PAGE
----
It was in this context—a context to which Congress seems to have been largely oblivious—that Congress enacted its recent legislation. The legislation causes new problems, because it seems to clarify beyond any doubt that the United States does not, in fact, prohibit all forms of Internet gambling. [...]

[...] The obvious question is what Antigua can do with a victory at the WTO. Retaliatory tariffs plainly aren’t particularly appealing for small country like Antigua, because they would certainly hurt more than they would help. But the plucky little island paradise does have some creative options at its disposal. If the United States remains recalcitrant, under the WTO rules, Antigua would potentially have the right to suspend its own compliance with the treaty that obligates it to respect the United States’ intellectual-property laws. That, one can well imagine, might get Washington’s attention.

Want a cheap copy of Microsoft’s latest software or a nice medical device that, annoyingly, is protected by a U.S. patent? Come to Antigua. In such a scenario, Antigua couldn’t simply be ostracized as a rogue state. It would have every right under WTO rules to pursue such a course. [...]

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You Knew That Strict Construction In © Would Lead To This [4:51 pm]

Why folks have been getting so worked up about runaway copyright application and enforcement in the digital realm — looking at the Bridgeport case, showing where it takes us: The shady one-man corporation thats destroying hip-hop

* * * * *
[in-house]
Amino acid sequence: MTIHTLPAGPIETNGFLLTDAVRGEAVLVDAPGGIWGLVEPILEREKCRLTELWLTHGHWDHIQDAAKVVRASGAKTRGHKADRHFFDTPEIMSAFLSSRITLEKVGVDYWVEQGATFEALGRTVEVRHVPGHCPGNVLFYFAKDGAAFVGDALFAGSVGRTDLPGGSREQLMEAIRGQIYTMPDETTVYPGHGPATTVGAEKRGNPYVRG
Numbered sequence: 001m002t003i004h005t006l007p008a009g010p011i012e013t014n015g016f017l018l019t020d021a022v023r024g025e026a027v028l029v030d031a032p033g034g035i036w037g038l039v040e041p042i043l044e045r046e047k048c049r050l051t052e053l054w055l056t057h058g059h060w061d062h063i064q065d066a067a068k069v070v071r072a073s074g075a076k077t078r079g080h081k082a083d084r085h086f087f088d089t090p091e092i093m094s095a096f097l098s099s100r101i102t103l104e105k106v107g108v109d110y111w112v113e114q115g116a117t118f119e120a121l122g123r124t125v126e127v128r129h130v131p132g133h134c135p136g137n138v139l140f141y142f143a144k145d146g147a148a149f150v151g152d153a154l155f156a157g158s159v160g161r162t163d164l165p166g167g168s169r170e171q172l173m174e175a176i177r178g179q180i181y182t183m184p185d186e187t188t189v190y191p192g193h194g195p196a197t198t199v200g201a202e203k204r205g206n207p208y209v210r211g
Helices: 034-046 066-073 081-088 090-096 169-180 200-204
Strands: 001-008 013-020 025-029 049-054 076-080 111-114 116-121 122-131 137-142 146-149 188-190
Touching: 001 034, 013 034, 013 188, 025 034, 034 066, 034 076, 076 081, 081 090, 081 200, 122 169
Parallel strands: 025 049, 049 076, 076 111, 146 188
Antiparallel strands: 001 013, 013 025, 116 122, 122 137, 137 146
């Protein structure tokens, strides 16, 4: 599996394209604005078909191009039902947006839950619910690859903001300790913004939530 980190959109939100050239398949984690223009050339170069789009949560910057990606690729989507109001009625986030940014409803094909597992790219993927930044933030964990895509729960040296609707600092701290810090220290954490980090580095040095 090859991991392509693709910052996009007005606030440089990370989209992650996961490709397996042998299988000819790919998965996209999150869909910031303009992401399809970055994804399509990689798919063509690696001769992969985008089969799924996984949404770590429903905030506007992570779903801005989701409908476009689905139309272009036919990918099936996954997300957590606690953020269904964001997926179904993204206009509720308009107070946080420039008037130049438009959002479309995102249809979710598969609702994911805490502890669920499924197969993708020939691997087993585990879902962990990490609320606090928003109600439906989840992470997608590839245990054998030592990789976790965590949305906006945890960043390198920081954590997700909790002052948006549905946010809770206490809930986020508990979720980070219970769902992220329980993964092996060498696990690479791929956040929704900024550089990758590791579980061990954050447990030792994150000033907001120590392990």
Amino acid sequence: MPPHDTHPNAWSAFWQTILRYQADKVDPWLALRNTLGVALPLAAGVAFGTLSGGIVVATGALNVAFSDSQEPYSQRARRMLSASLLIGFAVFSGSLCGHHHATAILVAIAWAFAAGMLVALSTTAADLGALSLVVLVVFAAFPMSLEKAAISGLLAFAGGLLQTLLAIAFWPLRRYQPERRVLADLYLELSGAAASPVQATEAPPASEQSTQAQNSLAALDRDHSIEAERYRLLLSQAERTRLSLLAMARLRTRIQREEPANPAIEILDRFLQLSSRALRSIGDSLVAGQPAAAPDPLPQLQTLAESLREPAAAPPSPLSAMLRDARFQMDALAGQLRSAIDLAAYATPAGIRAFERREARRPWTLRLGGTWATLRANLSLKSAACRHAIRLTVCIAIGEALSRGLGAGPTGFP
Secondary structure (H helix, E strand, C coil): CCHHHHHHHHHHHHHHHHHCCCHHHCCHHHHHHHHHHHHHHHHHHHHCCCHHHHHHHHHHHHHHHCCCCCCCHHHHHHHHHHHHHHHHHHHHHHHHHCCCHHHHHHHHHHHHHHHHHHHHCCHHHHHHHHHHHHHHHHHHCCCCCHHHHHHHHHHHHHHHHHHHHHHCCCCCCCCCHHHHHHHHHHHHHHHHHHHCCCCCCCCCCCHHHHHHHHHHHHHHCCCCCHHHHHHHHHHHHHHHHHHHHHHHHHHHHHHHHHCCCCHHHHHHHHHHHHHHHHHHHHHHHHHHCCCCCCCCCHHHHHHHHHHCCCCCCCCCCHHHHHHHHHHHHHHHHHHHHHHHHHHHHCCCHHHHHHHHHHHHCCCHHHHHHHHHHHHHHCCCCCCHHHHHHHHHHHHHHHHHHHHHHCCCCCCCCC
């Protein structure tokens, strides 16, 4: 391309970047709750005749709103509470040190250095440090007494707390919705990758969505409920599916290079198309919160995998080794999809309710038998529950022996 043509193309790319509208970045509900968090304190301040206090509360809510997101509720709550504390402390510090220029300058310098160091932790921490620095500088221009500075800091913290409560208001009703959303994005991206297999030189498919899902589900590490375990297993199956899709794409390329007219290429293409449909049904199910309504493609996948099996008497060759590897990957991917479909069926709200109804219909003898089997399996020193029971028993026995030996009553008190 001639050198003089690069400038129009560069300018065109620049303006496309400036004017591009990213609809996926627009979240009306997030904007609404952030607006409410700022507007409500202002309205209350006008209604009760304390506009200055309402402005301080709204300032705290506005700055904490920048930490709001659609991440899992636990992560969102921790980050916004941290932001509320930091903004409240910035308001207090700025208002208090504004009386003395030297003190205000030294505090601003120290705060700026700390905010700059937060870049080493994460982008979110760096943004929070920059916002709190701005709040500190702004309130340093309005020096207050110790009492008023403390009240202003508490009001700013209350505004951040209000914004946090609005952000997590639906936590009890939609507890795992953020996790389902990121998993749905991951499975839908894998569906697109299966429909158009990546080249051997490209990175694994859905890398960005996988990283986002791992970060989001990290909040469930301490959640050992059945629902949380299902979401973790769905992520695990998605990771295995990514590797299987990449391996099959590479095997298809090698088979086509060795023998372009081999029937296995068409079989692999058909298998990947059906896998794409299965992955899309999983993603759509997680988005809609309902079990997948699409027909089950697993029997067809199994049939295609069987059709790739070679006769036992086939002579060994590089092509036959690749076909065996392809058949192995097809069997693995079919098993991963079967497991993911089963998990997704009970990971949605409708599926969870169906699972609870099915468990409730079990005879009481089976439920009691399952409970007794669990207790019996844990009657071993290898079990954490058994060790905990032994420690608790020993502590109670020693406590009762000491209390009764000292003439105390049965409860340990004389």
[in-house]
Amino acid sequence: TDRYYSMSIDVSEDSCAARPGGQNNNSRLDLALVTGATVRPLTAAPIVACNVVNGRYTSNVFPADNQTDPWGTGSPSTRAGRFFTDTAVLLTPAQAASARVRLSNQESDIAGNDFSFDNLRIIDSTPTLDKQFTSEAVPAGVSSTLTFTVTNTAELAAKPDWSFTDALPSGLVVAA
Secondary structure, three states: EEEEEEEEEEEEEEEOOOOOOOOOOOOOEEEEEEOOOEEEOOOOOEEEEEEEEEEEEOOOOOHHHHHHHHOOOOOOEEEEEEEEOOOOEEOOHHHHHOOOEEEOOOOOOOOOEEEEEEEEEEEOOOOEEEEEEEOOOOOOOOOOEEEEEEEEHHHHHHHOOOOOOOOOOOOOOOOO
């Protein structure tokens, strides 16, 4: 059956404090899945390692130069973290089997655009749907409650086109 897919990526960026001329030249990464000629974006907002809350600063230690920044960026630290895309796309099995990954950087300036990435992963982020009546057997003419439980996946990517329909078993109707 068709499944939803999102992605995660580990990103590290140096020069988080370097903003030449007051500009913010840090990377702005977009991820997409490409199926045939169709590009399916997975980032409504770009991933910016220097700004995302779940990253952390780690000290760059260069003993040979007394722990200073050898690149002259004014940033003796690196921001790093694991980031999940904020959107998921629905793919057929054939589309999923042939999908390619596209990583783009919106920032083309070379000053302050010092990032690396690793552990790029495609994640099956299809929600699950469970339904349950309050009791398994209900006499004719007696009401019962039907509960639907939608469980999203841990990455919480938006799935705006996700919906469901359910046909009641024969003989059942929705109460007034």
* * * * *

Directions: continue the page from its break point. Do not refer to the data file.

Last week, a mysterious company, Bridgeport Music Inc., sued hip-hop mogul Jay-Z, accusing him of breaking the law when he recorded his 2003 single “Justify My Thug.” The song is an obvious nod to Madonna’s “Justify My Love,” but she is not the plaintiff. Instead, Bridgeport is suing because Jay-Z did something that is normal in hip-hop: sampling. He took a few notes, looped them in the background, and produced the tune. Bridgeport claims to own those notes, and is demanding a fortune in damages and a permanent ban on the distribution of the song.

Bridgeport is an unwelcome addition to the music world: the “sample troll.” Similar to its cousins the patent trolls, Bridgeport and companies like it hold portfolios of old rights (sometimes accumulated in dubious fashion) and use lawsuits to extort money from successful music artists for routine sampling, no matter how minimal or unnoticeable.

[...] In the end, it’s probably wrong to suggest the sample trolls are evil or hate rap music. The trolls simply look for profit, like any business, and are rational and predictable, like the mold that grows on rotten meat. None of these problems would be quite so severe if artists actually controlled their own copyrights. George Clinton’s copyrights end up blocking sampling, when he himself favors sampling. “When hip-hop came out,” said Clinton in this interview with Rick Karr, “I was glad to hear it, especially when it was our songs—it was a way to get back on the radio.”

Copyright is supposed to be the servant of artists, but today that is all too often just a pretense. The vast majority of the nation’s valuable copyrights are owned not by creators, but by stockpilers of one kind or another, and Bridgeport is just a particularly pernicious example. We need better devices to keep the control of the most valuable of artist’s rights with artists. For, to paraphrase Judge Learned Hand, copyright was born to protect and liberate musicians, but it all too often ends up enslaving them.

Earlier Furdlog postings on Bridgeport

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David Berlind Looks At The Amazon Server Services Business [2:01 pm]